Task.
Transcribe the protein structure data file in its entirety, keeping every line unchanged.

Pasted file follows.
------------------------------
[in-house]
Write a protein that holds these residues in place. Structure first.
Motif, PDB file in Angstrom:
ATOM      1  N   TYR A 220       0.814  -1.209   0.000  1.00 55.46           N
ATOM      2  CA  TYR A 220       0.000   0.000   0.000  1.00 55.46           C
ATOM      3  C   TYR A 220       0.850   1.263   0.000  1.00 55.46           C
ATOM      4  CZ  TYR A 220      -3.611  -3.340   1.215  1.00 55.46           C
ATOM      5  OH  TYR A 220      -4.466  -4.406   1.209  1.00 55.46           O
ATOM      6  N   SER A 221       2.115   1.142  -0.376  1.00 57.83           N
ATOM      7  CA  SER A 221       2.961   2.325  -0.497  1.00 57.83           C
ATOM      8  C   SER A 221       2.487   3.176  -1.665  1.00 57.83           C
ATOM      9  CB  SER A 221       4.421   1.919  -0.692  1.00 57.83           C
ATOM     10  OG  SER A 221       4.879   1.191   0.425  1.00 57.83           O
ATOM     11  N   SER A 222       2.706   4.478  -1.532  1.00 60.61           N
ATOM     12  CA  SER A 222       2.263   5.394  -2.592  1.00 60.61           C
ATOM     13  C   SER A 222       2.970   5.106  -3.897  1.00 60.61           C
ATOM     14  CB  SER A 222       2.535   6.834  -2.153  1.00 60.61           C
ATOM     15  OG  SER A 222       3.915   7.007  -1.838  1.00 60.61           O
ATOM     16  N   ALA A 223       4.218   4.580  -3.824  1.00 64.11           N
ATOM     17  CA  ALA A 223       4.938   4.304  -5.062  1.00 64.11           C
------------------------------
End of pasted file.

[in-house]
Write a protein that holds these residues in place. Structure first.
Motif, PDB file in Angstrom:
ATOM      1  N   TYR A 220       0.814  -1.209   0.000  1.00 55.46           N
ATOM      2  CA  TYR A 220       0.000   0.000   0.000  1.00 55.46           C
ATOM      3  C   TYR A 220       0.850   1.263   0.000  1.00 55.46           C
ATOM      4  CZ  TYR A 220      -3.611  -3.340   1.215  1.00 55.46           C
ATOM      5  OH  TYR A 220      -4.466  -4.406   1.209  1.00 55.46           O
ATOM      6  N   SER A 221       2.115   1.142  -0.376  1.00 57.83           N
ATOM      7  CA  SER A 221       2.961   2.325  -0.497  1.00 57.83           C
ATOM      8  C   SER A 221       2.487   3.176  -1.665  1.00 57.83           C
ATOM      9  CB  SER A 221       4.421   1.919  -0.692  1.00 57.83           C
ATOM     10  OG  SER A 221       4.879   1.191   0.425  1.00 57.83           O
ATOM     11  N   SER A 222       2.706   4.478  -1.532  1.00 60.61           N
ATOM     12  CA  SER A 222       2.263   5.394  -2.592  1.00 60.61           C
ATOM     13  C   SER A 222       2.970   5.106  -3.897  1.00 60.61           C
ATOM     14  CB  SER A 222       2.535   6.834  -2.153  1.00 60.61           C
ATOM     15  OG  SER A 222       3.915   7.007  -1.838  1.00 60.61           O
ATOM     16  N   ALA A 223       4.218   4.580  -3.824  1.00 64.11           N
ATOM     17  CA  ALA A 223       4.938   4.304  -5.062  1.00 64.11           C